Going, going, gone—for $235,000 (nearly ₪800,000)! That was the price paid at London-based Bloomsbury Auctions this summer for a small, roughly 7-centimeter-square block of clay, sold by the famous Norwegian antiquities collector Martin Schøyen—after a fierce bidding war nearly doubled the price he had hoped to receive.
Of course, this was more than just a square of clay. Dubbed the “world’s first signature,” this piece is dated to around 3000 b.c.e., and was discovered in the ancient Sumerian city of Uruk (southern Iraq). The item contains the “autograph” of an individual, said to be the “first recorded personal name of any human in history,” as well as a reference to beer-making (beer was first discovered in the Sumerian kingdom). The tablet is translated as follows:
The top left symbols (circled) constitute the name Kushim. The imprints to the right reference the quantity of barley and months. And the images at the bottom depict the process of beer-making: from a stalk of barley, to a (brewery?) building, to the finished product—the barley in a beer container. Sure, not the most comprehensive “recipe,” but you get the picture!
The individual “Kushim” is known from 17 other tablets, some of which refer to him as a “temple administrator,” but this inscription is believed to be the earliest example of a personal signature. And the name is similar to that of an early biblical figure, likewise associated with this kingdom of Sumer and city of Uruk.
The name “Cush” is a very early biblical name, first used in Genesis 2:13 to denote a territorial region. And it is the name of the infamous Nimrod’s father (Genesis 10:6-9). In Hebrew, descendants of “Cush/Kush” are called “Cushim.” Of course, we cannot know whether or not the above-signed Kushim is one and the same as the biblical Cush. Still, the artifact helps corroborate the biblical use of this type of name in a related, early Mesopotamian context.
This biblical Cush, son of Ham, son of Noah, was of the first generation born after the Flood. Following the Flood, civilization is described as beginning in the “plain in the land of Shinar” (Genesis 11:2). Shinar is synonymous with Sumer/Shumer, history’s “earliest-known civilization,” which was centered in the southern plains of Mesopotamia.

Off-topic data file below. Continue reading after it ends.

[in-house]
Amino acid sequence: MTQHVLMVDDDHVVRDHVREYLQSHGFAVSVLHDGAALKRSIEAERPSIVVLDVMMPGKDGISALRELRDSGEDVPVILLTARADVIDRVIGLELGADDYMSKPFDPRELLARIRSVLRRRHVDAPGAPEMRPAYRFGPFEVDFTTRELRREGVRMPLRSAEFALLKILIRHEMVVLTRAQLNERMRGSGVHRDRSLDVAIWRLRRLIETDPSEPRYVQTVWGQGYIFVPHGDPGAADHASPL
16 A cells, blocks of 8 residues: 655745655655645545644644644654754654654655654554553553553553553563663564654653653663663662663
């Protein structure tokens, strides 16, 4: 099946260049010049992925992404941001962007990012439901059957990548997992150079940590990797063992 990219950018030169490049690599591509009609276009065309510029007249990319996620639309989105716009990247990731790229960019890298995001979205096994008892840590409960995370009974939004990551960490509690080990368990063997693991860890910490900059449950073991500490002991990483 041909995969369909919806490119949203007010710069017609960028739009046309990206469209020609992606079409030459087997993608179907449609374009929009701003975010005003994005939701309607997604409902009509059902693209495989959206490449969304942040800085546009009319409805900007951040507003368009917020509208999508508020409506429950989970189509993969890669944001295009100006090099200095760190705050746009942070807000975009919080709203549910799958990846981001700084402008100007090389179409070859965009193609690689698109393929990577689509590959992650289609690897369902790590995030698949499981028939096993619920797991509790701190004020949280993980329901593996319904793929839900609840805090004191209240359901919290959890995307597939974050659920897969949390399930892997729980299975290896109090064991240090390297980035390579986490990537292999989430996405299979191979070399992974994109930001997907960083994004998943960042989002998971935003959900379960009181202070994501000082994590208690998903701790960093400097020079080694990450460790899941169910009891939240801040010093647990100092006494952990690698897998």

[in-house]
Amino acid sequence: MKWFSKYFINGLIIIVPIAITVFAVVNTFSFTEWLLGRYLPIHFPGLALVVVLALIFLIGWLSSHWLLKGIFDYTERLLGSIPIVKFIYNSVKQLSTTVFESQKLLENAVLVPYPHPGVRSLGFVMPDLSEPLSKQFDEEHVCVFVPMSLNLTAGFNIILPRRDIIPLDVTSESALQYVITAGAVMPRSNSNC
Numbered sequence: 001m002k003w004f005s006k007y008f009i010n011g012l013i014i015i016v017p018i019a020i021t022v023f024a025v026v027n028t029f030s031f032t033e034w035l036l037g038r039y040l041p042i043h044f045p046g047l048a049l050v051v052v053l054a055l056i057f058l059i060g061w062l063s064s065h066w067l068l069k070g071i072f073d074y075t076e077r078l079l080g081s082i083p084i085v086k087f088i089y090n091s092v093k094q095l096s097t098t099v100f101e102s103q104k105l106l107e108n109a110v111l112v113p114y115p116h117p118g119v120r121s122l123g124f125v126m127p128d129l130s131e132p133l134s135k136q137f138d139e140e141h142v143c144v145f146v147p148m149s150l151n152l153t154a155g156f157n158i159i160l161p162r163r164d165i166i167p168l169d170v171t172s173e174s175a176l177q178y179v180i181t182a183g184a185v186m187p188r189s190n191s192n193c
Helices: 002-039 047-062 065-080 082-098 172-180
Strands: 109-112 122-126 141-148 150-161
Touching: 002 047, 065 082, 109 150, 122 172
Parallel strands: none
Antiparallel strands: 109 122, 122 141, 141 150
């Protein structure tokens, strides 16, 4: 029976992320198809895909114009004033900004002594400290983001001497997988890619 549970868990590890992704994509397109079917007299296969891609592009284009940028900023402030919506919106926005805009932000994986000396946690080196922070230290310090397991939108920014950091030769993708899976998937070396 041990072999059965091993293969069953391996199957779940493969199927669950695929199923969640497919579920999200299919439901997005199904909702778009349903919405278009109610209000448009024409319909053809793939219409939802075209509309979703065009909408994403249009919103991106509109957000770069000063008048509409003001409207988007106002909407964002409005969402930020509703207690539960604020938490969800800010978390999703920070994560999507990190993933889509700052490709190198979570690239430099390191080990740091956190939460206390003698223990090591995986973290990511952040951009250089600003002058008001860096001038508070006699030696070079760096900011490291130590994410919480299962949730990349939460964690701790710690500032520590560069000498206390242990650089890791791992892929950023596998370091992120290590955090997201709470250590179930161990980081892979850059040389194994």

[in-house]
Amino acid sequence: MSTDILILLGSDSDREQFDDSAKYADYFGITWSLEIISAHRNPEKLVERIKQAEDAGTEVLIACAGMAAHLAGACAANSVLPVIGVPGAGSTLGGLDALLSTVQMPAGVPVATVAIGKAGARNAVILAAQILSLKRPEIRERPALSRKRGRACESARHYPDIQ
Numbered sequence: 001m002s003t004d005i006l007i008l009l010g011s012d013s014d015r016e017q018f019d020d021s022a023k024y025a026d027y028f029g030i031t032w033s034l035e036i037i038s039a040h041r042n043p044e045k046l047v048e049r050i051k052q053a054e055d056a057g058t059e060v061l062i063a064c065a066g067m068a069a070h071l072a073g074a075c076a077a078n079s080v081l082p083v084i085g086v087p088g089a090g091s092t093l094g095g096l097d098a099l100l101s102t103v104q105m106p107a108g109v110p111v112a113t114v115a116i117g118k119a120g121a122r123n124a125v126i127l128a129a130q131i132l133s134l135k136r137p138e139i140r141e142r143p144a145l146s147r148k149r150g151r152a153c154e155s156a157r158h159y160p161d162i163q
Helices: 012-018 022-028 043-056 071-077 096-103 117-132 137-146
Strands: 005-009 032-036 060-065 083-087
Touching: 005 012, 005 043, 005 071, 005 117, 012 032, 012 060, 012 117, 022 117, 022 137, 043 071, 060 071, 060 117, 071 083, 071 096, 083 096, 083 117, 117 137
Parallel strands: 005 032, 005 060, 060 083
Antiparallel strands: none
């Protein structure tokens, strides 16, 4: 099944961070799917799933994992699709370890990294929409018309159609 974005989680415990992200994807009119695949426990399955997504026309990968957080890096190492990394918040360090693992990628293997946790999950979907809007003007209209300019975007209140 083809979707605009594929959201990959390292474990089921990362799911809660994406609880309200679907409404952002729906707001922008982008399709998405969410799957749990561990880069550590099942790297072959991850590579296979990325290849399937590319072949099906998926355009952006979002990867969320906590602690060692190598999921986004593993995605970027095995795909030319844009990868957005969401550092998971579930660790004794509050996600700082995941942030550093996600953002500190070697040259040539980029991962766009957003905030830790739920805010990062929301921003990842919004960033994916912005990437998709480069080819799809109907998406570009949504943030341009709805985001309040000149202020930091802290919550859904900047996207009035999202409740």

According to the Bible, Cush’s son Nimrod became founder and leader of this kingdom. The Bible describes a number of cities established by Nimrod in this territory (Genesis 10:10):
And the beginning of his kingdom was Babel, and Erech, and Accad, and Calneh, in the land of Shinar.
The italicized places above have been discovered by archaeologists, and are known by their parallel ancient names Babylon, Uruk and Akkad, respectively. (The identification of Calneh is still uncertain. The Hebrew word may simply translate to the phrase “all of them”—as in, “Accad, and all of them in the land of Shinar.”) The biblical city of Erech is this Sumerian city of Uruk, in which Kushim’s tablet was found.
The biblical Hebrew word “Cush” means black. Interestingly, the ancient Sumerians referred to themselves as the “Black-Headed Ones”—perhaps in reference to their patriarch? Later on in the biblical account, the Ethiopian nation is established—and the ancient historical name for the Ethiopian people is Cushim, signified as descendants of Cush.
As for beer? Beer is mentioned repeatedly in the Bible—the earliest mention (arguably) is in Numbers 6:3—long after the Sumerian period. But there is a biblical account of an incident involving alcohol—in this case, wine—linked to Cush’s brother, Canaan (Genesis 9:20-24).
While the “Kushim” tablet was uncovered several decades ago, its recent sale as the “world’s first signature” has returned to the headlines this fascinating discovery. A certain Kushim, connected to the city of Uruk in the land of Sumer. A close match in name (if not in person) to the biblical Cush, connected to the city of Erech in the land of Shinar—attesting to an accurate setting of even the earliest chapters of the Bible.
Read our article “Biblical Names Confirmed Through Archaeology” to see how even generic names—names that don’t necessarily “prove” a specific biblical character—point to the accuracy of the biblical account.